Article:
This first-in-human, phase I, open-label study used a rapid dose-escalation design (12). The starting dose, 30 mg/m2, was calculated on the basis of toxicology studies in rats and dogs. Escalation by dose doubling was carried out for 2 dose levels (60 and 120 mg/m2), after which a modified Fibonacci escalation scheme (i.e., increases of 67%, 50%, 40%, and 33%) was used to guide dose increases. GRN1005 was administered by intravenous infusion at a concentration of 1.5 mg/mL and a rate of 8.0 to 8.5 mL/min (∼1 hour) once every 21 days. Premedication was not allowed during cycle 1 and was allowed only as medically indicated thereafter.
In the dose-escalation phase, patients were enrolled sequentially into cohorts of 1 to 3 patients each, until a ≥ grade 2 drug-related toxicity was observed, at which point that and subsequent cohorts were expanded to a minimum of 3 patients. If one patient experienced a dose-limiting toxicity (DLT), a minimum of 6 patients were enrolled at that dose. Dose escalation continued until more than 1 of 6 patients in a cohort experienced a DLT during cycle 1, after which a lower dose was explored. Once identified, the MTD cohort was expanded to obtain additional safety and pharmacokinetics data and to explore potential antitumor activity in patients with brain metastases. Patients remained on study until disease progression, death, unacceptable toxicity, or consent withdrawal.
DLT and MTD
DLT was defined as any of the following occurring during cycle 1 that were treatment emergent and possibly related to GRN1005: any grade 3 or 4 nonhematologic toxicity; febrile neutropenia; grade 4 neutropenia lasting 7 days or more; grade 4 thrombocytopenia; grade 2 peripheral neuropathy lasting 7 days or more or ≥ grade 3 peripheral neuropathy of any duration. The MTD was defined as the dose level at which 1 or less of 6 patients in a cohort developed a DLT during cycle 1. Dose reductions (one dose level) were permitted for patients who experienced a DLT, and patients were allowed 2 dose reductions.
Evaluation of safety
Adverse events were recorded for patients who received at least one dose of GRN1005. Severity was assessed according to the National Cancer Institute Common Terminology Criteria for Adverse Events (NCI CTCAE), version 3.0.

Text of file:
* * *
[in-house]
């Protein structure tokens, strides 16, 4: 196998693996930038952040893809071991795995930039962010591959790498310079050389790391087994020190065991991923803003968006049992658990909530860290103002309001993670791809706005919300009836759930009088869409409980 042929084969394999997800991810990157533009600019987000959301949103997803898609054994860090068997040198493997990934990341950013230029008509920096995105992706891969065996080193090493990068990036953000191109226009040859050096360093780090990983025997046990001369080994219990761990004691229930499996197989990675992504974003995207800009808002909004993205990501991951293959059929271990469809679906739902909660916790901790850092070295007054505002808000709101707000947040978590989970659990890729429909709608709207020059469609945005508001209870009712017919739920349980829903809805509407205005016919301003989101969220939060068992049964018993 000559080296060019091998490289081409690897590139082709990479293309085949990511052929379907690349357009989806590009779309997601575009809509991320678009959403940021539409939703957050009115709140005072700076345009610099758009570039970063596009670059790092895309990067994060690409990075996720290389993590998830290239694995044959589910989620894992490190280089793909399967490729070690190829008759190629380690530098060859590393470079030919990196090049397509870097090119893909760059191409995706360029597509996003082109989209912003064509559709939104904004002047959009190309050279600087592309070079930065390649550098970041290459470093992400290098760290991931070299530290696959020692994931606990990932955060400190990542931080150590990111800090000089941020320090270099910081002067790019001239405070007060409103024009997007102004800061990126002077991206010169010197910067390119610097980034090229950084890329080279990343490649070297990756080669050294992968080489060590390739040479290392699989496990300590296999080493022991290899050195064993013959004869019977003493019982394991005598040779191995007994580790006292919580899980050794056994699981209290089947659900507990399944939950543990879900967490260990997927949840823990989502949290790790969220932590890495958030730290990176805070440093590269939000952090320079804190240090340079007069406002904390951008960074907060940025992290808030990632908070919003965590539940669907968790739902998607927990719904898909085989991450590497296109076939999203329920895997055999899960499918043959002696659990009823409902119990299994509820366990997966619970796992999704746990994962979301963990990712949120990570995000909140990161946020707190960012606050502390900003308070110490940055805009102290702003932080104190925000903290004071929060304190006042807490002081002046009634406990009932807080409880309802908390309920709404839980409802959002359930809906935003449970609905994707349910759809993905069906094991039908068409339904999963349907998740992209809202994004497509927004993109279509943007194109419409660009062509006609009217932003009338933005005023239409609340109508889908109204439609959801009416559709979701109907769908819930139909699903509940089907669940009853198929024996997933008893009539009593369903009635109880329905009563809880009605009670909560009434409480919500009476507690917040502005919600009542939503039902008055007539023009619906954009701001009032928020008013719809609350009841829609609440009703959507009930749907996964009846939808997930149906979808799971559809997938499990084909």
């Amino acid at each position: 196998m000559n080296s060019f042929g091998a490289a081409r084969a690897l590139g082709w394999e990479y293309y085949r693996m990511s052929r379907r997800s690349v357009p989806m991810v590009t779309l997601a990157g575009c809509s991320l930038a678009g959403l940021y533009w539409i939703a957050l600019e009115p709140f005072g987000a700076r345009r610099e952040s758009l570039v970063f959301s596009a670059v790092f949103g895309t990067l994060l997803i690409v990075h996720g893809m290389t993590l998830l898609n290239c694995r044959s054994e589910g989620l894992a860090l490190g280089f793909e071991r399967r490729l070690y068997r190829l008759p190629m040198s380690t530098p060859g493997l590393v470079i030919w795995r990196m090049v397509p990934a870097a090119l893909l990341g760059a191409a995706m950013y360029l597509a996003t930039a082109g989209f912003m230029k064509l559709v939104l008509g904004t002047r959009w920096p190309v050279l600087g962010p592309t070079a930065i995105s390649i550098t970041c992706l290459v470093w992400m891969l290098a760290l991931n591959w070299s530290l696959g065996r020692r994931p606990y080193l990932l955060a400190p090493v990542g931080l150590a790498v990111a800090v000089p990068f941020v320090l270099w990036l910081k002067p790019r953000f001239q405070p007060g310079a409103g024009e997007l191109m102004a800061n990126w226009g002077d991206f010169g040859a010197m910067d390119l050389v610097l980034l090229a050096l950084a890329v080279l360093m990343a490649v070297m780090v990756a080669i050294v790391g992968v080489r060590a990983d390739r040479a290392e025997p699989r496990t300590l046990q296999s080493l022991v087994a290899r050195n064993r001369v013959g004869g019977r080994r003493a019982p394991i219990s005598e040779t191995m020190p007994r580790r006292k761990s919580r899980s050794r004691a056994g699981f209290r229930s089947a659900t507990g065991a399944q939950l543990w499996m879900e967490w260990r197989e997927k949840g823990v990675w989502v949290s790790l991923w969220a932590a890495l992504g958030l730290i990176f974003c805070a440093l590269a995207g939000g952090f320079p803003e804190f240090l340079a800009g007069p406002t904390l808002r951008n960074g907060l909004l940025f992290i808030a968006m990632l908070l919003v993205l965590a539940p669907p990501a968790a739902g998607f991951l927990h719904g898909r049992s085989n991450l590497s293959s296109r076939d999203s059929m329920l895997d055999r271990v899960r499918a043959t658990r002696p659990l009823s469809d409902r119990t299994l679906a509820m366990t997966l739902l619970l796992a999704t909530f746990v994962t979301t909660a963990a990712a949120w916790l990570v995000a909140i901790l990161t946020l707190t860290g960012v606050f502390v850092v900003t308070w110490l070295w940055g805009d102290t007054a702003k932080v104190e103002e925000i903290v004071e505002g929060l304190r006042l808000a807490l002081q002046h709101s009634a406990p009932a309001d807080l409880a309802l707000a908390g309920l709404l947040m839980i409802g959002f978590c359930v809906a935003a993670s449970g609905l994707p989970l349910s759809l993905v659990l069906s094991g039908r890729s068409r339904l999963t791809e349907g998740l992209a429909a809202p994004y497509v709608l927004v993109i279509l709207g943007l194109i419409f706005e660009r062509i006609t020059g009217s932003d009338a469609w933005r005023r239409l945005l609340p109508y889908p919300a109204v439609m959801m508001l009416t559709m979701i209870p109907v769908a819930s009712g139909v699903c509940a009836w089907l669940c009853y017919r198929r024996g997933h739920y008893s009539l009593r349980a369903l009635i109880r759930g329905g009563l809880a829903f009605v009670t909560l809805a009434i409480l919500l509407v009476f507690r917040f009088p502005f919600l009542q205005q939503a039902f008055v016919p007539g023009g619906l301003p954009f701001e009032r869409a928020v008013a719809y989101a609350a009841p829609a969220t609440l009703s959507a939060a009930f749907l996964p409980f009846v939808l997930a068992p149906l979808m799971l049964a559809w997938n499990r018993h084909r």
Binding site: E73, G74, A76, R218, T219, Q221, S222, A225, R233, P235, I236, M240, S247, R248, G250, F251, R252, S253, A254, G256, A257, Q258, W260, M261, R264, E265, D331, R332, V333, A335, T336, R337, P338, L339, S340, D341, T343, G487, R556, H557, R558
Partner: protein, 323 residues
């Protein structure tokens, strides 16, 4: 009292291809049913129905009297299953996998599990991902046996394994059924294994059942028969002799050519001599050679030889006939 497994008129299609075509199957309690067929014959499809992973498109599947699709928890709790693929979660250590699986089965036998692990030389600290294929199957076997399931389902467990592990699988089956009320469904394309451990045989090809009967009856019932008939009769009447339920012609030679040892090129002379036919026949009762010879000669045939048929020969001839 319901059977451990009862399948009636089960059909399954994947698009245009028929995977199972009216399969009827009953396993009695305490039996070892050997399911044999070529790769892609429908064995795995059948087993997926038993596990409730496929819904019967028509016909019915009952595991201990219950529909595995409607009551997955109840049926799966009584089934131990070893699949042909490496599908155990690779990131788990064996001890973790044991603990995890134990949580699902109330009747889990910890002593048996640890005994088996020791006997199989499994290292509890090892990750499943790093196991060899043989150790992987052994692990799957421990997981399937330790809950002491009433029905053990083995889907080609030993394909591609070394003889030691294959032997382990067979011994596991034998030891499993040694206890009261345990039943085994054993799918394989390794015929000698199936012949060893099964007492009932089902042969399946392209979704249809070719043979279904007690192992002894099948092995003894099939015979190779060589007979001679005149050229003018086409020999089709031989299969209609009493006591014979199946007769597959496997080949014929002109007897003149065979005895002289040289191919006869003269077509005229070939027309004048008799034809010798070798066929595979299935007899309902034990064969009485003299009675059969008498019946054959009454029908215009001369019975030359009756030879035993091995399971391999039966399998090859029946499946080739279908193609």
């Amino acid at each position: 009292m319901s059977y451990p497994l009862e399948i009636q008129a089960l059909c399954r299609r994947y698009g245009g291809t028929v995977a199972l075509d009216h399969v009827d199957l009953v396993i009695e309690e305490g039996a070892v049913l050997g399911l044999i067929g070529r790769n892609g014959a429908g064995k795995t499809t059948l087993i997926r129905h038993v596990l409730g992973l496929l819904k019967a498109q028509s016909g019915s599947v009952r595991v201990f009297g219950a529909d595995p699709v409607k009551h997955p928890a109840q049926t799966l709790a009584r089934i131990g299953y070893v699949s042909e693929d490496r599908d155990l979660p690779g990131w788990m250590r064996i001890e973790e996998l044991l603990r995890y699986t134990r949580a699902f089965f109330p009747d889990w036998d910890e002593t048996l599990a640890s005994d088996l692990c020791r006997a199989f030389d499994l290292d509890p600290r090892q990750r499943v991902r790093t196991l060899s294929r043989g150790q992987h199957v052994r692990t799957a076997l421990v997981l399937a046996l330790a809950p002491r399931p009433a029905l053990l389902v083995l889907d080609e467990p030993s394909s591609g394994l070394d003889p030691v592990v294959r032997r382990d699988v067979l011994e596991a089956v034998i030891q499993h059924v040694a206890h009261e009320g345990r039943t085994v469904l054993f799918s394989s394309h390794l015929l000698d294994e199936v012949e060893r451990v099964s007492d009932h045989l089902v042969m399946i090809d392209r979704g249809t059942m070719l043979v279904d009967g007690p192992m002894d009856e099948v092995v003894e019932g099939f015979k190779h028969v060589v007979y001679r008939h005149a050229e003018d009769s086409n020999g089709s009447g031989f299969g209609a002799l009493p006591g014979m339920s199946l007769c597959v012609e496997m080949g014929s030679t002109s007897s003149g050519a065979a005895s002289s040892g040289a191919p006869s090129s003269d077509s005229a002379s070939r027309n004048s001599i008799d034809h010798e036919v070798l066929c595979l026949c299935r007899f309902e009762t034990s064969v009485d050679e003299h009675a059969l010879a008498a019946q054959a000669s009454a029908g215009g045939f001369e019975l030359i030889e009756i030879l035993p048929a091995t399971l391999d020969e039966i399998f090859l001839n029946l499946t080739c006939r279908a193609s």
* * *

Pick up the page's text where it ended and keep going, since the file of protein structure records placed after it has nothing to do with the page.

Vital signs were measured at various time points up to 4 hours after infusion and regularly between infusions. Electrocardiograms were obtained before infusion and 30 minutes and 3 hours after infusion during cycle 1. Hematology, blood chemistry, and urine values were monitored regularly, and physical and neurologic examinations were also carried out.
Neurocognitive testing was done at baseline and every 6 weeks during treatment to assess potential neurotoxic effects. The battery included the following tests: Hopkins Verbal Learning Tests–Revised (HVLT-R); Trail Making; Controlled Oral Word Association (COWA); and Grooved Pegboard (13, 14). Test results were sent for central evaluation and reading by an independent reviewer.
Serum for assessment of anti-GRN1005 antibodies was collected predose at each treatment cycle and at the final visit. Anti-GRN1005 antibodies were assayed by a validated ELISA with a sensitivity of 0.56 μg/mL or less (15, 16).
Plasma samples for pharmacokinetics characterization were collected before infusion, at end of infusion, and 30 minutes, 1, 2, 3, 4, and 24 hours after infusion during cycles 1 and 3. GRN1005 and paclitaxel concentrations were determined with validated liquid chromatography/tandem mass spectrometry (LC/MS-MS) methods (17, 18).
Concentrations of ANG1005 in human EDTA K2 plasma were determined with LC/MS-MS with a limit of quantitation of 0.50 to 2.00 μg/mL (17, 18). GRN1005 (MW of 5,109.14 Da) was extracted by protein precipitation and quantified by peak area ratio. A weighed 1/X2 linear regression was carried out to determine the concentration of GRN1005.
Concentration of free paclitaxel was determined with LC/MS-MS with a limit of quantitation of 100 ng/mL. Paclitaxel (MW of 853.9 Da) was extracted from an aliquot of human EDTA plasma containing GRN1005 using an automated liquid–liquid extraction, then injected into a liquid chromatograph equipped with a tandem mass spectrometry detector and quantified by peak area ratio. A weighed 1/X2 linear regression was carried out to determine the concentration of paclitaxel.
Evaluation of efficacy
Treatment efficacy was evaluated by CT or MRI per Response Evaluation Criteria in Solid Tumors (RECIST) 1.0 (19) in all organs in which disease was present, including brain, before treatment, and every 6 weeks thereafter. Briefly, complete response was disappearance of all lesions; partial response was 30% or more reduction in the sum of the longest diameters of the lesions; stable disease was sum of longest diameters not decreased more than 30% and not increased more than 20%; and progressive disease was 20% or more increase in the sum of the longest diameters of the lesions. Overall response was determined by the primary physician; scans from patients dosed more than 300 mg/m2 and who experienced tumor shrinkage per RECIST were later sent to an independent radiologist for examination of lesion response per organ system.